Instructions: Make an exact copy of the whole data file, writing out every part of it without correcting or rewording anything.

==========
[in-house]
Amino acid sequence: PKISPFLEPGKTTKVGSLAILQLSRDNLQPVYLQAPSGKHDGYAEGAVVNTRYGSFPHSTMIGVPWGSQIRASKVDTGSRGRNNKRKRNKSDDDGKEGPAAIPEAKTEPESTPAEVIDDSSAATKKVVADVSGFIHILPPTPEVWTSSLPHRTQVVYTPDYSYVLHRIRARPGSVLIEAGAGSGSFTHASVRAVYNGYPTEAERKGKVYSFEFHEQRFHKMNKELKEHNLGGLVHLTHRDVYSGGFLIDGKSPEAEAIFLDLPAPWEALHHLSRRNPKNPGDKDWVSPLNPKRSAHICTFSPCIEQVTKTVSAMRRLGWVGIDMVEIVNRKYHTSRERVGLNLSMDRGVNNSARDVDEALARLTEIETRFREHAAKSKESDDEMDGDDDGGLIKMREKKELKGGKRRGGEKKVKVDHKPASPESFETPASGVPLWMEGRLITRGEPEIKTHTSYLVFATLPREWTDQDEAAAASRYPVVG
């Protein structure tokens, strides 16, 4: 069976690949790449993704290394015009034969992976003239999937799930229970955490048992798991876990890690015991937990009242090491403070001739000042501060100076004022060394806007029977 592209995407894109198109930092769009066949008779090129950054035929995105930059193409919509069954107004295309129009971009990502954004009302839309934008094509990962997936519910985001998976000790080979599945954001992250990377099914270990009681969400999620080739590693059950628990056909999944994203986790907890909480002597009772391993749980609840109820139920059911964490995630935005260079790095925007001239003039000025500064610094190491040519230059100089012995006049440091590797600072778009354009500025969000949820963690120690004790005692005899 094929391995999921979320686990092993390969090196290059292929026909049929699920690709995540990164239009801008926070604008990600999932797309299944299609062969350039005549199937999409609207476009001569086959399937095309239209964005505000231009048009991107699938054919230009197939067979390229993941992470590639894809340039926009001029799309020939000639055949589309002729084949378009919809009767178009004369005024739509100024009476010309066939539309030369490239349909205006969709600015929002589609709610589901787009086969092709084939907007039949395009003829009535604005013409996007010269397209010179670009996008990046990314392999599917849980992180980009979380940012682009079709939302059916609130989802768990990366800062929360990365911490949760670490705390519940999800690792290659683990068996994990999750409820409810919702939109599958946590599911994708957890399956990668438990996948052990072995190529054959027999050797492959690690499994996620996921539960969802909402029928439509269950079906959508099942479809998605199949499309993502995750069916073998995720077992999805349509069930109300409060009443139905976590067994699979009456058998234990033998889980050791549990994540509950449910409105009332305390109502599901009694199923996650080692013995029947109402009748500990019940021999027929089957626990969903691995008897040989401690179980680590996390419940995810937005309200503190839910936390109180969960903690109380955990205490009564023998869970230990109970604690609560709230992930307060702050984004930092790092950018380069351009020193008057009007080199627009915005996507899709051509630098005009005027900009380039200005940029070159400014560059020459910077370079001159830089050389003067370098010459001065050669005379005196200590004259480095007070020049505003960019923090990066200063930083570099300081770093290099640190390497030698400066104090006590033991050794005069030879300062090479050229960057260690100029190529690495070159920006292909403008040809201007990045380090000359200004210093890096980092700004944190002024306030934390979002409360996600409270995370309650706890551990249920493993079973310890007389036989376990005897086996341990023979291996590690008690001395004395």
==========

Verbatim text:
[in-house]
Amino acid sequence: PKISPFLEPGKTTKVGSLAILQLSRDNLQPVYLQAPSGKHDGYAEGAVVNTRYGSFPHSTMIGVPWGSQIRASKVDTGSRGRNNKRKRNKSDDDGKEGPAAIPEAKTEPESTPAEVIDDSSAATKKVVADVSGFIHILPPTPEVWTSSLPHRTQVVYTPDYSYVLHRIRARPGSVLIEAGAGSGSFTHASVRAVYNGYPTEAERKGKVYSFEFHEQRFHKMNKELKEHNLGGLVHLTHRDVYSGGFLIDGKSPEAEAIFLDLPAPWEALHHLSRRNPKNPGDKDWVSPLNPKRSAHICTFSPCIEQVTKTVSAMRRLGWVGIDMVEIVNRKYHTSRERVGLNLSMDRGVNNSARDVDEALARLTEIETRFREHAAKSKESDDEMDGDDDGGLIKMREKKELKGGKRRGGEKKVKVDHKPASPESFETPASGVPLWMEGRLITRGEPEIKTHTSYLVFATLPREWTDQDEAAAASRYPVVG
């Protein structure tokens, strides 16, 4: 069976690949790449993704290394015009034969992976003239999937799930229970955490048992798991876990890690015991937990009242090491403070001739000042501060100076004022060394806007029977 592209995407894109198109930092769009066949008779090129950054035929995105930059193409919509069954107004295309129009971009990502954004009302839309934008094509990962997936519910985001998976000790080979599945954001992250990377099914270990009681969400999620080739590693059950628990056909999944994203986790907890909480002597009772391993749980609840109820139920059911964490995630935005260079790095925007001239003039000025500064610094190491040519230059100089012995006049440091590797600072778009354009500025969000949820963690120690004790005692005899 094929391995999921979320686990092993390969090196290059292929026909049929699920690709995540990164239009801008926070604008990600999932797309299944299609062969350039005549199937999409609207476009001569086959399937095309239209964005505000231009048009991107699938054919230009197939067979390229993941992470590639894809340039926009001029799309020939000639055949589309002729084949378009919809009767178009004369005024739509100024009476010309066939539309030369490239349909205006969709600015929002589609709610589901787009086969092709084939907007039949395009003829009535604005013409996007010269397209010179670009996008990046990314392999599917849980992180980009979380940012682009079709939302059916609130989802768990990366800062929360990365911490949760670490705390519940999800690792290659683990068996994990999750409820409810919702939109599958946590599911994708957890399956990668438990996948052990072995190529054959027999050797492959690690499994996620996921539960969802909402029928439509269950079906959508099942479809998605199949499309993502995750069916073998995720077992999805349509069930109300409060009443139905976590067994699979009456058998234990033998889980050791549990994540509950449910409105009332305390109502599901009694199923996650080692013995029947109402009748500990019940021999027929089957626990969903691995008897040989401690179980680590996390419940995810937005309200503190839910936390109180969960903690109380955990205490009564023998869970230990109970604690609560709230992930307060702050984004930092790092950018380069351009020193008057009007080199627009915005996507899709051509630098005009005027900009380039200005940029070159400014560059020459910077370079001159830089050389003067370098010459001065050669005379005196200590004259480095007070020049505003960019923090990066200063930083570099300081770093290099640190390497030698400066104090006590033991050794005069030879300062090479050229960057260690100029190529690495070159920006292909403008040809201007990045380090000359200004210093890096980092700004944190002024306030934390979002409360996600409270995370309650706890551990249920493993079973310890007389036989376990005897086996341990023979291996590690008690001395004395």